="http://www.w3.org/2000/svg" viewBox="0 0 512 512">


17.2 Micro-Ethnography

An ethnography is a form of writing that uses thick description to explore a place and its associated culture. By attempting this method on a small scale, you can practice specific, focused description.

Find a place in which you can observe the people and setting without actively involving yourself. (Interesting spaces and cultures students have used before include a poetry slam, a local bar, a dog park, and a nursing home.) You can choose a place you’ve been before or a place you’ve never been: the point here is to look at a space and a group of people more critically for the sake of detail, whether or not you already know that context.

As an ethnographer, your goal is to take in details without influencing those details. In order to stay focused, go to this place alone and refrain from using your phone or doing anything besides note-taking. Keep your attention on the people and the place.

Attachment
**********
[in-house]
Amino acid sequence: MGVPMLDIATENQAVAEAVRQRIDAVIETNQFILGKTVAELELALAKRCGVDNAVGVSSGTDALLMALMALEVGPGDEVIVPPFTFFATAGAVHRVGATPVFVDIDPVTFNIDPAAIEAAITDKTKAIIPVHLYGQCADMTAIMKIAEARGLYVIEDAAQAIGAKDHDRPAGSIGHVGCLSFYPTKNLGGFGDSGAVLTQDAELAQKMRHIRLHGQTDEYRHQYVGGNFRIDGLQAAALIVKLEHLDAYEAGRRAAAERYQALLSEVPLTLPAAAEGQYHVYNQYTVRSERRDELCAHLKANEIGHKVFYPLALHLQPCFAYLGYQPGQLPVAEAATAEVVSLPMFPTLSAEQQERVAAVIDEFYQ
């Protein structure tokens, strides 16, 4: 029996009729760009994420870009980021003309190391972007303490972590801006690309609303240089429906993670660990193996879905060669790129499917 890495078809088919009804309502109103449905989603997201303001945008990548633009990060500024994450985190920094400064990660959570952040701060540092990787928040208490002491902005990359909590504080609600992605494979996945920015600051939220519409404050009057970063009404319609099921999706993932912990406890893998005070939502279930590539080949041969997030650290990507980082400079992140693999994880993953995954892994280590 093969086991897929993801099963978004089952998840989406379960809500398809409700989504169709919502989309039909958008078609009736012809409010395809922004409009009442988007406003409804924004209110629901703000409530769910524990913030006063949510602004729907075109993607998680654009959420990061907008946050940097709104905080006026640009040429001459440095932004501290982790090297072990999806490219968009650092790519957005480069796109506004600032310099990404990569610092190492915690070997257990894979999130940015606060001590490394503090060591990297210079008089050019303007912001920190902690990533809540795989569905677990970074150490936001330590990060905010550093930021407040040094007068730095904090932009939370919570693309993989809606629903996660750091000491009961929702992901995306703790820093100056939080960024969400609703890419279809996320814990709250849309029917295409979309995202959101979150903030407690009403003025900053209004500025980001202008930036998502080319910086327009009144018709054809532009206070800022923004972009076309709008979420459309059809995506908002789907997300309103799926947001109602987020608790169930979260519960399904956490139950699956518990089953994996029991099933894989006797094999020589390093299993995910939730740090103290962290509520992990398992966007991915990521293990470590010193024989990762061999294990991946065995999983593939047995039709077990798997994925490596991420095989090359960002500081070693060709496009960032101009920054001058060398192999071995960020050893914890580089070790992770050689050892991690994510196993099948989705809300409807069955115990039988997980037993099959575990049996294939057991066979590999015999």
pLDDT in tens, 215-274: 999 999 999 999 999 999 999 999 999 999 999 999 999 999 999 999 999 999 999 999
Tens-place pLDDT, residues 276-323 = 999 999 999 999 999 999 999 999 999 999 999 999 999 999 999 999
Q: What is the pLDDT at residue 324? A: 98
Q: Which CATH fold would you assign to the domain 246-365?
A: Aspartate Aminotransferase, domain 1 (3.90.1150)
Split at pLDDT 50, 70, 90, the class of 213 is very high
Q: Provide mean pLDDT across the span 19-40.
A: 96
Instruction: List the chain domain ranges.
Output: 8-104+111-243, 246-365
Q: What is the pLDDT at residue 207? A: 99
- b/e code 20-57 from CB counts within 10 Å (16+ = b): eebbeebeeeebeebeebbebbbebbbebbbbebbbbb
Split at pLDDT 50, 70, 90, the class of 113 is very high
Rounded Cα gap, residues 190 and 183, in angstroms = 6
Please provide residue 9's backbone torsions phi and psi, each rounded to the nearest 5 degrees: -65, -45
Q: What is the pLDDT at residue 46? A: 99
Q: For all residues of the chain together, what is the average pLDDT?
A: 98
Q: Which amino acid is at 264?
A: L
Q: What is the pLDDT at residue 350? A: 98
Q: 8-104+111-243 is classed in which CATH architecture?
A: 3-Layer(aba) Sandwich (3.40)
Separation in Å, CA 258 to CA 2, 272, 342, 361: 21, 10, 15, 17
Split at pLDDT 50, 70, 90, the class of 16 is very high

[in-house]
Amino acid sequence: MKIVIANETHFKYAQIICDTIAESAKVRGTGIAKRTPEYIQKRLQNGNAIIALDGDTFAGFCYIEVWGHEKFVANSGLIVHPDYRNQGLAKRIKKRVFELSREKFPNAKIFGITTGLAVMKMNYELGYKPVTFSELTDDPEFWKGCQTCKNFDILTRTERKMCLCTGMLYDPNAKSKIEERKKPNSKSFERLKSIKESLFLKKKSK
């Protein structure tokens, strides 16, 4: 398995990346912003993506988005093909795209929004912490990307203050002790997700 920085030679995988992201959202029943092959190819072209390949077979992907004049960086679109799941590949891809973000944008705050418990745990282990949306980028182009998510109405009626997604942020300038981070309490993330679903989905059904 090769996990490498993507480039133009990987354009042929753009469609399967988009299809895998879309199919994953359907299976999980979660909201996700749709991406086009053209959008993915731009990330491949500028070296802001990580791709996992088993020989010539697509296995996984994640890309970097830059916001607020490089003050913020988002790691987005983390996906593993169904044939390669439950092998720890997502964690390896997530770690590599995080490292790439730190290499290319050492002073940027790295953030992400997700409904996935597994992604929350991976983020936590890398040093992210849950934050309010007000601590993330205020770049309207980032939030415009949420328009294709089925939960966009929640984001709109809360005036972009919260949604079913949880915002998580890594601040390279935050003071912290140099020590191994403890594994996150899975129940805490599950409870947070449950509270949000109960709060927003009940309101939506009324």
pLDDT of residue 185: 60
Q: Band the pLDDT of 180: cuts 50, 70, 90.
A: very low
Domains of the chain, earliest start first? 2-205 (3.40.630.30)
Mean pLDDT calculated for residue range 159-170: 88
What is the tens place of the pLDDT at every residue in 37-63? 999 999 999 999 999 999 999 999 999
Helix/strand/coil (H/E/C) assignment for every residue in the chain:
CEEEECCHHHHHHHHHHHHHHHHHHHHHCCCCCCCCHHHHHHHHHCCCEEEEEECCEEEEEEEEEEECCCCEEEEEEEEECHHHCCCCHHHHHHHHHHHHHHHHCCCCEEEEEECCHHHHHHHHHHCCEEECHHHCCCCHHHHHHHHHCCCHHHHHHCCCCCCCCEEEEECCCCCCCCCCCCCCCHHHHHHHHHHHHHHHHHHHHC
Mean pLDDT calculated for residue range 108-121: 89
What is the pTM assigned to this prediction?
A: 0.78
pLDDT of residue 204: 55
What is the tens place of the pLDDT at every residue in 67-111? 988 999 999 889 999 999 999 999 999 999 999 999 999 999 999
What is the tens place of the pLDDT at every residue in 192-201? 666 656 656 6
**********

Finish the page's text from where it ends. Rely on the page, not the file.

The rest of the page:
• Spend a few minutes taking notes on your general impressions of the place at this time. Use imagery and thick description to describe the place itself. What sorts of interactions do you observe? What sort of tone, affect, and language is used? How would you describe the overall atmosphere?
  • Spend a few minutes “zooming in” to identify artifacts—specific physical objects being used by the people you see. Use imagery and thick description to describe the specific artifacts. How do these parts contribute to/differentiate from/relate to the whole of the scene?

After observing, write one to two paragraphs synthesizing your observations to describe the space and culture. What do the details represent or reveal about the place and people?


Icon for the Creative Commons Attribution 4.0 International License

Expression and Inquiry by Christopher Manning; Sally Pierce; and Melissa Lucken is licensed under a Creative Commons Attribution 4.0 International License, except where otherwise noted.

Share This Book